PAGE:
by Becky Lemon, 2/14/2022
The magic that connection creates is far-reaching. Constantly achieving it satisfies our basic, instinctual human need for belonging and safety, making it easier for us to show up as our authentic selves and spend our energy building healthy relationships with one another.
For teams it’s important to understand that trust, a cornerstone of any culture where people are engaged and thriving, cannot exist without it.
What is trust?
We share some common beliefs about trust that on some level are all true:
- We can sense it when we have it (we can also tell when it’s absent)
- It’s more difficult to create it than it is to destroy it
Trust is something that often feels ethereal and intangible, which enforces the myth that we have little power to create it, affect the quality of it, or restore it. We can adopt a definition of trust, along with a recipe for mixing its ingredients, that transforms it into something objective that we can influence and have agency in.
At Vestalia, we’ve taken cues from Charles Feltman, the author of “The Thin Book of Trust; An Essential Primer for Building Trust at Work” to make meaning of trust.
He defines trust as “choosing to risk making something you value vulnerable to another person’s actions.”
He further identifies four distinctions within trust that, depending on how much of it you’re feeling within yourself and about others, determines where you’re at on the continuum between trust and distrust. The following is taken from the book:
Sincerity – is the assessment that you are honest, that you say what you mean and mean what you say; you can be believed and taken seriously. It also means when you express an opinion it is valid, useful, and is backed up by sound thinking and evidence. Finally, it means you will align with your words.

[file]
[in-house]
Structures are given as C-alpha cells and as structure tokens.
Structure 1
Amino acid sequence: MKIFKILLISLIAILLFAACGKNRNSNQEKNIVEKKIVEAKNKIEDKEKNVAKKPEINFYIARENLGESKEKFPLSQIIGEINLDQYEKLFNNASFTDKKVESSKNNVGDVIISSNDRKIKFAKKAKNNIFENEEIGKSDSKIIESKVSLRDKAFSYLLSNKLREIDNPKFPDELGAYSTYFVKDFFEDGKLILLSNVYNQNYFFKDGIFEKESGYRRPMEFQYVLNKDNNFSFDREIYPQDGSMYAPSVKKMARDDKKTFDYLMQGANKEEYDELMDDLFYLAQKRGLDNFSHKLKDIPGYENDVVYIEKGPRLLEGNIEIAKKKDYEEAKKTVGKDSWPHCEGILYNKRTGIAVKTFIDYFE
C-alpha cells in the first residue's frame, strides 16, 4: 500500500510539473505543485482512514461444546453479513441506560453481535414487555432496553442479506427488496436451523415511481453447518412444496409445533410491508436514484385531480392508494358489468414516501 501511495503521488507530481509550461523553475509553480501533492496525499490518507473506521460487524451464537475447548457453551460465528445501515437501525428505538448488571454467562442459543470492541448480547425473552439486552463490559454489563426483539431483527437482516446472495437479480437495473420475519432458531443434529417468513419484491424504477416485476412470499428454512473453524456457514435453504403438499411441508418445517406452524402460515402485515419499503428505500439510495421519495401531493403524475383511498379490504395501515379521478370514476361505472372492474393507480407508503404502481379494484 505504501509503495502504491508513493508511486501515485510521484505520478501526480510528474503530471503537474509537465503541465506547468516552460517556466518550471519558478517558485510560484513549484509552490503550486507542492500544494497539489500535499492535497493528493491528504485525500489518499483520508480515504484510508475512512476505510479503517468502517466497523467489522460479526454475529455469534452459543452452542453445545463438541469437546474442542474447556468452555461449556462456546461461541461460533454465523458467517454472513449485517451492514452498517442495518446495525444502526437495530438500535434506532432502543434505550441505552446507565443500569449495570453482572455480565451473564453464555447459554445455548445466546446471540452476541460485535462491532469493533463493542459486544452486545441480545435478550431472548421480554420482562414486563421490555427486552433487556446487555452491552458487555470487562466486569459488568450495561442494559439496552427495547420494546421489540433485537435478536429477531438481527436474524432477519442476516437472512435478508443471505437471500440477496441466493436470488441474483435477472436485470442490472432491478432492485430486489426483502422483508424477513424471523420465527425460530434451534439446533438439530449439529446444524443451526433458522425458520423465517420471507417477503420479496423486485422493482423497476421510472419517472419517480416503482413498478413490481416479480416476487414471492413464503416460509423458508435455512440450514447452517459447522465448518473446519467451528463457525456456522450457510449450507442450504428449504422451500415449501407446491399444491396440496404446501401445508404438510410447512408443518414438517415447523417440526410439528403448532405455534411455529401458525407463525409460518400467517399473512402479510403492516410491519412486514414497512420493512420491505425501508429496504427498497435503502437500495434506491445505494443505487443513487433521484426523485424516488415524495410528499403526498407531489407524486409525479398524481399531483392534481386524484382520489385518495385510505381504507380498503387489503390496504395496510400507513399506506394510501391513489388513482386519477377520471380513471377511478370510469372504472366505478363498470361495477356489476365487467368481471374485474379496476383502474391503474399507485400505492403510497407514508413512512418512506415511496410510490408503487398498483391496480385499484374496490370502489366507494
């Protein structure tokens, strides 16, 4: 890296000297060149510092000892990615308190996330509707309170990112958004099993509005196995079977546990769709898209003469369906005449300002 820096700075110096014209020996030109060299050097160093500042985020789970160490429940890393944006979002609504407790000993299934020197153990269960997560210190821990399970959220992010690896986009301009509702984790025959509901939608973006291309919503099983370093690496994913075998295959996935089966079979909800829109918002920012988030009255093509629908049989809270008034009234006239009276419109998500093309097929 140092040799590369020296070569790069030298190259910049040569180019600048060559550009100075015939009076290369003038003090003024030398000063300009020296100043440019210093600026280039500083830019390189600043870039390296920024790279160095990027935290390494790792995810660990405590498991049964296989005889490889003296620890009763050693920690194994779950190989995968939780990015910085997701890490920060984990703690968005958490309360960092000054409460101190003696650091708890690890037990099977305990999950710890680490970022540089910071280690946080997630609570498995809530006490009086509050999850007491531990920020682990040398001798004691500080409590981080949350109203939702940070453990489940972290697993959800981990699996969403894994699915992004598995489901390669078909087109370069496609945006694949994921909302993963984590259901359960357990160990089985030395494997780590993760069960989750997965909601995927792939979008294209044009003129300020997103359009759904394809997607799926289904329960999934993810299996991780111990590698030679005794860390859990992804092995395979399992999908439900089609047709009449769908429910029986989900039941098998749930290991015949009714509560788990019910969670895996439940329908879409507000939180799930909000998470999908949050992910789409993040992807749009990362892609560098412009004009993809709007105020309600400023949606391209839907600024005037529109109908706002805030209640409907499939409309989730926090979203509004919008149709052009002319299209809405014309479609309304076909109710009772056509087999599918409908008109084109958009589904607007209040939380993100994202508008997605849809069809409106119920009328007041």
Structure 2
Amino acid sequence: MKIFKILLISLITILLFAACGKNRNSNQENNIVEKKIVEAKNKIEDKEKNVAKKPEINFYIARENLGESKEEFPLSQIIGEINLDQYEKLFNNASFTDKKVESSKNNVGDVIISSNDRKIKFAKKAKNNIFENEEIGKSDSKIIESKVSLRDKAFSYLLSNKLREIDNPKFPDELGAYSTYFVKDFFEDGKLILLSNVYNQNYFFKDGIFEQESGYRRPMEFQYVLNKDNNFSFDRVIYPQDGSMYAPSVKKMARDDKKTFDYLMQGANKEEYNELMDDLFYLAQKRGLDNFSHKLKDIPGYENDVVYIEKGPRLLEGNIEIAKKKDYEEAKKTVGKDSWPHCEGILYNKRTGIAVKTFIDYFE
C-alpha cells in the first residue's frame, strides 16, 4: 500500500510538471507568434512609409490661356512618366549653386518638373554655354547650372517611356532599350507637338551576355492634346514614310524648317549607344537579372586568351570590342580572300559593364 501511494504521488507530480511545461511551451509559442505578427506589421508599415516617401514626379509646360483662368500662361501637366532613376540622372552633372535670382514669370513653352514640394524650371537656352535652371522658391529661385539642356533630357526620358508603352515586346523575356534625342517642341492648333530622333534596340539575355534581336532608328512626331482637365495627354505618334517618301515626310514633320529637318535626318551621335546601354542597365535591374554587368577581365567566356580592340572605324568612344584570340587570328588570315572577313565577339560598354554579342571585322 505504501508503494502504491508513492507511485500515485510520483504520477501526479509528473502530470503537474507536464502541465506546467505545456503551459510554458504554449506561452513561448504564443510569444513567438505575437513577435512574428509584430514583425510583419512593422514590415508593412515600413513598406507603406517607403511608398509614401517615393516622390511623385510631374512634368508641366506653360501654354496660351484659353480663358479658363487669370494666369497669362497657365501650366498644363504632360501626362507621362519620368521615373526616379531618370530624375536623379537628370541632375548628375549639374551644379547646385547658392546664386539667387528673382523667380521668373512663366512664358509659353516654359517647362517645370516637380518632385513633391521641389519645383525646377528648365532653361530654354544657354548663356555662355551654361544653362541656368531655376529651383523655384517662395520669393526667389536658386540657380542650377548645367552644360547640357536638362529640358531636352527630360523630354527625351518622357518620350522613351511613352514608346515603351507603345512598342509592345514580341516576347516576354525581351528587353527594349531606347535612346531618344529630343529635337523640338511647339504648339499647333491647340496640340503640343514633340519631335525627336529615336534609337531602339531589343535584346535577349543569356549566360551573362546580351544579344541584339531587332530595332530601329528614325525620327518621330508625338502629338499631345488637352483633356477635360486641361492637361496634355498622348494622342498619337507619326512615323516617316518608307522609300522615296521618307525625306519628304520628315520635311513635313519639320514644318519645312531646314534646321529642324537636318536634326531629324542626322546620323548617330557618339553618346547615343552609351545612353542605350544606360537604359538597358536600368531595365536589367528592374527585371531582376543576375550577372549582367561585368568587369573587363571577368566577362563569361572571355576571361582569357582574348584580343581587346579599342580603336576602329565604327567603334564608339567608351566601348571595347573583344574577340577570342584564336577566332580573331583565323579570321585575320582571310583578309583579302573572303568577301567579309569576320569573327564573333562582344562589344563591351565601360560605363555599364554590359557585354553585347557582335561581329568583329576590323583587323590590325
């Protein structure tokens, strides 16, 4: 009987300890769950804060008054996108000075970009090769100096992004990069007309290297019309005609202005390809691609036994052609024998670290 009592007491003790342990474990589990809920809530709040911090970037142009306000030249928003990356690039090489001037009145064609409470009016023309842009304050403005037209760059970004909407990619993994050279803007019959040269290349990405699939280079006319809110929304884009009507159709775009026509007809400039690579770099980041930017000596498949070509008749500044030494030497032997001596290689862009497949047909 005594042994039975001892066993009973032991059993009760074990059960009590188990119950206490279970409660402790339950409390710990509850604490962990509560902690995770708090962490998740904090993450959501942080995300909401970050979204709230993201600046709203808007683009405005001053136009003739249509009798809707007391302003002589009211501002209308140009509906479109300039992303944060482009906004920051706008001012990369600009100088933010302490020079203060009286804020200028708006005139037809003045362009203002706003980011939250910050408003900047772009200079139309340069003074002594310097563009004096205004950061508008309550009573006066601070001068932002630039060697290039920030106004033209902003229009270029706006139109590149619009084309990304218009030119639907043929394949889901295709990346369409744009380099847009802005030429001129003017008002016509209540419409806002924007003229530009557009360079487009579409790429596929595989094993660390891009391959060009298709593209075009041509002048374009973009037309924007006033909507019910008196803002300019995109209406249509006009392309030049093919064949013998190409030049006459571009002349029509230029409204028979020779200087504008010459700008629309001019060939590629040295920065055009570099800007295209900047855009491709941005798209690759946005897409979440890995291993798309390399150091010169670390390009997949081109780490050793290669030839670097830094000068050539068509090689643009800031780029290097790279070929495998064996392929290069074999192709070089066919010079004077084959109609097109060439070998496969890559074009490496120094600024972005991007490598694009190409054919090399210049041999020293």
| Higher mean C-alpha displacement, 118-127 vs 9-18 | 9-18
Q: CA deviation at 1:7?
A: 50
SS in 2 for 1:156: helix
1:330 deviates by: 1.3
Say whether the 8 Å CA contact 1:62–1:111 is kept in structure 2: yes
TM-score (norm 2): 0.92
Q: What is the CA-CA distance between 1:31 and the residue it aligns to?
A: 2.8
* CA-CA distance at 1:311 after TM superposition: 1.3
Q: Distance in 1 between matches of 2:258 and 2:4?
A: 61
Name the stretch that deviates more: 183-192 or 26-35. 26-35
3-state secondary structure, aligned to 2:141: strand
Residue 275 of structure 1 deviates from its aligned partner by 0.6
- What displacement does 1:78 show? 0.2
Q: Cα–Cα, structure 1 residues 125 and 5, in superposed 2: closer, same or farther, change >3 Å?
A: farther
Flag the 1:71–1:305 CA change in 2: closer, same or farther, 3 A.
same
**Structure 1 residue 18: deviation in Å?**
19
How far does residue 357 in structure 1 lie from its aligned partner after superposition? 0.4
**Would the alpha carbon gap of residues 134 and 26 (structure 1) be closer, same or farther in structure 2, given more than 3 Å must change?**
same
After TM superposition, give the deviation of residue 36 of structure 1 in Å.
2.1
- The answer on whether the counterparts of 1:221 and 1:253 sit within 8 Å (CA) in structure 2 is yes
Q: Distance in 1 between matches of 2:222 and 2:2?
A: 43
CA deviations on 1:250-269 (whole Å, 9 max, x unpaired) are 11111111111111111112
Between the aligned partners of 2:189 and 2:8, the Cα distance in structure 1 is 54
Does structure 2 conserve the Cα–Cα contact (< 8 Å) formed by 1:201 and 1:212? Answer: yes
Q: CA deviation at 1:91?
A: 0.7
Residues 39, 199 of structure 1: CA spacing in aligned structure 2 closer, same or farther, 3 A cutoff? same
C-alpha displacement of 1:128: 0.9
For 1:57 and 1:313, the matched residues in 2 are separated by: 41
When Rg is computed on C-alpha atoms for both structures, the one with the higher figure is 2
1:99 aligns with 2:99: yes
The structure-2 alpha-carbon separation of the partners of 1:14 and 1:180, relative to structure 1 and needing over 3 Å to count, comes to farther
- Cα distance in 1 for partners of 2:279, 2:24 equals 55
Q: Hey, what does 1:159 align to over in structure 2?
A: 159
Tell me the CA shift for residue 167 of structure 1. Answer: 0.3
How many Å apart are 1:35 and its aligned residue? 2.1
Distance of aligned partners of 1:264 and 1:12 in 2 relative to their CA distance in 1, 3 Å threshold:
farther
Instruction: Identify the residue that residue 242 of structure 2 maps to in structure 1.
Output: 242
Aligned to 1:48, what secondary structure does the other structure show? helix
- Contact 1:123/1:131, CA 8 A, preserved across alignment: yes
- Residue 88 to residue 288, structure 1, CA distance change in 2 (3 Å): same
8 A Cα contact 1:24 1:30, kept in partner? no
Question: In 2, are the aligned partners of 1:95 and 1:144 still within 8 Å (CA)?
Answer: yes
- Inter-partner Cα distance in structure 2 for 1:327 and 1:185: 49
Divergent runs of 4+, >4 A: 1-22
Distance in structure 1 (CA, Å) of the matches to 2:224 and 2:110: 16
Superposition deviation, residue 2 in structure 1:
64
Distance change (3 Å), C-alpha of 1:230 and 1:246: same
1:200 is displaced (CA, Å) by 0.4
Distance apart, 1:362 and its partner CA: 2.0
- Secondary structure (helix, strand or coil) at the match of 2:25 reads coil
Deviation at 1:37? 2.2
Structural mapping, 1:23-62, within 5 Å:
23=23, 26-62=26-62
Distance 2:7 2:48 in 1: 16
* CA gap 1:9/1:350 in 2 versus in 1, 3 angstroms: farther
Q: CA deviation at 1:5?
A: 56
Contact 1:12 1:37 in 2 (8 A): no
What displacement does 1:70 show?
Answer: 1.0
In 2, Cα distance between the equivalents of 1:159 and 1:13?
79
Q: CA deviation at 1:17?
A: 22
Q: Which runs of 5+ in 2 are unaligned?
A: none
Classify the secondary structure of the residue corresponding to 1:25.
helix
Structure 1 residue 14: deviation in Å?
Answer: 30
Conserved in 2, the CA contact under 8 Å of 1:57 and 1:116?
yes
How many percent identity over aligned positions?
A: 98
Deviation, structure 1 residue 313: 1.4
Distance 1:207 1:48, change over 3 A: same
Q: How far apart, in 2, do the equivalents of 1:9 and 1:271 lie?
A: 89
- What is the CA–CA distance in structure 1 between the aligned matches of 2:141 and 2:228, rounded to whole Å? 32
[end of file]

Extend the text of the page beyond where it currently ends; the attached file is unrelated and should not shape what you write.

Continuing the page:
Reliability – is the assessment that you meet the commitments you make, that you keep your promises
Competence* – is the assessment that you have the ability to do what you are doing or propose to do. In the workplace this usually means the other person believes you have the requisite capacity, skill, knowledge, and resources to do a particular task or job
Care – is the assessment that you have the other person’s interests in mind as well as your own when you make decisions and take actions. Of the four assessments of trustworthiness, care is in some ways the most important for building lasting trust. When people believe you are only concerned with your self-interest and don’t consider their interests as well, they may trust your sincerity, reliability, and competence, but they will tend to limit their trust of you to specific situations or transactions. On the other hand, when people believe you hold their interest in mind, they will extend their trust more broadly to you.
*over the years at Vestalia, we’ve called this distinction “capability,” and often use it in place of the word competence
At Vestalia Hospitality, we use these four distinctions to assess why trust is present or missing, and as a guide to inform new behaviors we’ll need to engage in or invite others to engage in to create, strengthen, or restore trust.
When leaders recognize others and establish meaningful connection with them, they are signaling the fourth distinction: care. I care about you, and I care about sharing myself with you. It sets up a mutual vulnerability loop that increases a shared sense of belonging, so there is ample space for sincerity, reliability, and competence to be noticed. It creates an environment of compassion and psychological safety that allows each individual to show up authentically and take the kind of risks that result in growth and learning.
Trust can be built quickly and slowly, in big and small gestures. How can you use the power of connection to increase it between you and others, and help a team of people grow it amongst themselves?